Deletion of the Clostridium thermocellum recA gene reveals that it is required for thermophilic plasmid replication but not plasmid integration at homologous DNA sequences
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A limitation to the engineering of cellulolytic thermophiles is the availability of functional, thermostable (≥ 60 °C) replicating plasmid vectors for rapid expression and testing of genes that provide improved or novel fuel molecule production pathways. A series of plasmid vectors for genetic manipulation of the cellulolytic thermophile Caldicellulosiruptor bescii has recently been extended to Clostridium thermocellum, another cellulolytic thermophile that very efficiently solubilizes plant biomass and produces ethanol. While the C. bescii pBAS2 replicon on these plasmids is thermostable, the use of homologous promoters, signal sequences and genes led to undesired integration into the bacterial chromosome, a result also observed with less thermostable replicating vectors. In an attempt to overcome undesired plasmid integration in C. thermocellum, a deletion of recA was constructed. As expected, C. thermocellum ∆recA showed impaired growth in chemically defined medium and an increased susceptibility to UV damage. Interestingly, we also found that recA is required for replication of the C. bescii thermophilic plasmid pBAS2 in C. thermocellum, but it is not required for replication of plasmid pNW33N. In addition, the C. thermocellum recA mutant retained the ability to integrate homologous DNA into the C. thermocellum chromosome. These data indicate that recA can be required for replication of certain plasmids, and that a recA-independent mechanism exists for the integration of homologous DNA into the C. thermocellum chromosome. Understanding thermophilic plasmid replication is not only important for engineering of these cellulolytic thermophiles, but also for developing genetic systems in similar new potentially useful non-model organisms.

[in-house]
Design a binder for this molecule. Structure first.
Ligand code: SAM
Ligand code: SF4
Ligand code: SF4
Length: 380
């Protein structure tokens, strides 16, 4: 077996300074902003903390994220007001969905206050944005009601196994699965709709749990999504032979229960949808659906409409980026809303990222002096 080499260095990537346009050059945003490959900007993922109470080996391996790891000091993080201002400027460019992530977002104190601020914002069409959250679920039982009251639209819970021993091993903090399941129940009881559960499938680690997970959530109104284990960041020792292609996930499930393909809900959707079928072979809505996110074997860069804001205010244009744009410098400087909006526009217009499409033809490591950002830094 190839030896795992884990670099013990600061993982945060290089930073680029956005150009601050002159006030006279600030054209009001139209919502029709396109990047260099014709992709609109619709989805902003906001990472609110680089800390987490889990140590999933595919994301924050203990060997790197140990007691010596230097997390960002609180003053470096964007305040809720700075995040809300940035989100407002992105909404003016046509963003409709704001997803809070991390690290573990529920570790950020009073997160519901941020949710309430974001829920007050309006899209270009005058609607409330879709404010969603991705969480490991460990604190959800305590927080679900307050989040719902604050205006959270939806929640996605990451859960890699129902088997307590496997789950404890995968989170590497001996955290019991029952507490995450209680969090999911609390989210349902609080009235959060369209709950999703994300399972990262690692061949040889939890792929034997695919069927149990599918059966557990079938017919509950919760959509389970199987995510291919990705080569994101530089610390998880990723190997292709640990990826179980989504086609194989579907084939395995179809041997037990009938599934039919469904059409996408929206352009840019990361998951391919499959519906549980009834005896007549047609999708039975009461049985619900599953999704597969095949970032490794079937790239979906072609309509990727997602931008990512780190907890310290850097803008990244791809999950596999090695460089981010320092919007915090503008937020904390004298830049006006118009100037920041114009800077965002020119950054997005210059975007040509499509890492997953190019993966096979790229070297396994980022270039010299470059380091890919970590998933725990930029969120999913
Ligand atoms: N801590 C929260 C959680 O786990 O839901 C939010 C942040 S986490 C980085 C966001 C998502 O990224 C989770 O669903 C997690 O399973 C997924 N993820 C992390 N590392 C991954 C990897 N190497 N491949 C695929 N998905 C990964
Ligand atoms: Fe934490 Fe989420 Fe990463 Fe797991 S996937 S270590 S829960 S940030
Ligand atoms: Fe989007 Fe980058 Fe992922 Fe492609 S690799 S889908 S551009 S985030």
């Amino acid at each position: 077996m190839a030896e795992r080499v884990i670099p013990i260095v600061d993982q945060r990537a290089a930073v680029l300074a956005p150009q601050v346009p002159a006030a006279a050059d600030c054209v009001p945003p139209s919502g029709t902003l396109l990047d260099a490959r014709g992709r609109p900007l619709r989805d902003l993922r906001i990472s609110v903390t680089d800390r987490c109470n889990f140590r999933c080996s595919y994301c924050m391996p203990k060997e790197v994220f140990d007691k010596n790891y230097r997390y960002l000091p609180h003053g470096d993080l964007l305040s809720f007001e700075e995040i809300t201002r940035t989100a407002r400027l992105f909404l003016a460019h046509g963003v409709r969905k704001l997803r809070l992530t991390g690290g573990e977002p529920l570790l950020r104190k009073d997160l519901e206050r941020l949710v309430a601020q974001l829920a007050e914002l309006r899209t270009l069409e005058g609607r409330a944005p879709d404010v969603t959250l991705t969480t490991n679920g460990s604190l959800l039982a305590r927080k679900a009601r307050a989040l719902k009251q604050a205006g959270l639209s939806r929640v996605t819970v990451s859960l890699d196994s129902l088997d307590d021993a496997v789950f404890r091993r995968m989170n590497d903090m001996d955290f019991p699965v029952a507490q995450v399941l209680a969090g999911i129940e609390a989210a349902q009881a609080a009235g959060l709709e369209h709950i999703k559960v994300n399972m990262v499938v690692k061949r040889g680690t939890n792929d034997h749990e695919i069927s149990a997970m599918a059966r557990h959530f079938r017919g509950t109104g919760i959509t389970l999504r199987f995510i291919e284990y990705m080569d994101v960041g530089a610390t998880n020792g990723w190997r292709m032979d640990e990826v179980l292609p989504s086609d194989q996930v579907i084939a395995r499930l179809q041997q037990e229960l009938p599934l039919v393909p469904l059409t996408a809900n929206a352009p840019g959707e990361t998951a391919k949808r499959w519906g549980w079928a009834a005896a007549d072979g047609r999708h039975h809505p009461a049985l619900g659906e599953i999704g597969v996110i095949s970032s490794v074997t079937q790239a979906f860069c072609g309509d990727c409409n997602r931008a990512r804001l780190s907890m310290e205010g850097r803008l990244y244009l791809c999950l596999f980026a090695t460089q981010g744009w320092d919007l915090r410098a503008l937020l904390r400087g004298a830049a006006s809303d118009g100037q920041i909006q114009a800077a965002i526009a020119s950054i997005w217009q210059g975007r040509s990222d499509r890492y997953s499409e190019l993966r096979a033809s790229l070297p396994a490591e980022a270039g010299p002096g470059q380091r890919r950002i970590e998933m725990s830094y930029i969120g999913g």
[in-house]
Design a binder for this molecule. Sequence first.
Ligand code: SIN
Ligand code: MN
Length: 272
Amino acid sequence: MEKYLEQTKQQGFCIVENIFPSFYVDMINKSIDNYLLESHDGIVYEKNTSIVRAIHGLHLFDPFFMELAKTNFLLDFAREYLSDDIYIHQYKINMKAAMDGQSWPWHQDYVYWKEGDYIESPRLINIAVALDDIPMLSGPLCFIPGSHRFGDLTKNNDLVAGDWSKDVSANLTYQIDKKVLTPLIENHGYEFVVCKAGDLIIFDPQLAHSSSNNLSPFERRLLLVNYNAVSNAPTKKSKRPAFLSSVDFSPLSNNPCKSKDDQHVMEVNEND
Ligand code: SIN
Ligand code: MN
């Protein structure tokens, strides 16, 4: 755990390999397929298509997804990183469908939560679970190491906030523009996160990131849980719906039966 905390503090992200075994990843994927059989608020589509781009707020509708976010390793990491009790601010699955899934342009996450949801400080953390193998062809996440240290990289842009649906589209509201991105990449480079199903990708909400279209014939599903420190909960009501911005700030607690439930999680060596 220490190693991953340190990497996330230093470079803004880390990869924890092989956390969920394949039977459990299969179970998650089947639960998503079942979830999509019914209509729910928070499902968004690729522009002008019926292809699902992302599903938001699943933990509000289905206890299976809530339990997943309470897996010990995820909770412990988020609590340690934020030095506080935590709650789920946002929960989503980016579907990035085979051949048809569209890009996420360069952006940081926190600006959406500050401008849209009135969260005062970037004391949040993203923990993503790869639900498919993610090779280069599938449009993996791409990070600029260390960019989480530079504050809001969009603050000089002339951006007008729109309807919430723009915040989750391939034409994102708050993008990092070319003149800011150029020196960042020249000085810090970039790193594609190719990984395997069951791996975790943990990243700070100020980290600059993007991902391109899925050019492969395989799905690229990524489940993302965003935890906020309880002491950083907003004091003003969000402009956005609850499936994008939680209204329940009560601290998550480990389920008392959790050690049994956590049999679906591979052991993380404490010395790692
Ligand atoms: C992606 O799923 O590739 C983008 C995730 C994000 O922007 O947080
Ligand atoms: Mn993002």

KeywordsPlasmid Thermophile Genetics Consolidated bioprocessing RecA
JG was supported for a portion of this work by an NIH 5T32GM007103 Predoctoral Training Grant to the Genetics Department of the University of Georgia. Funding was provided by The BioEnergy Science (BESC) and The Center for Bioenergy Innovation (CBI), U.S. Department of Energy Bioenergy Research Centers supported by the Office of Biological and Environmental Research in the DOE Office of Science. The funders had no role in study design, data collection and analysis, decision to publish, or preparation of the manuscript.
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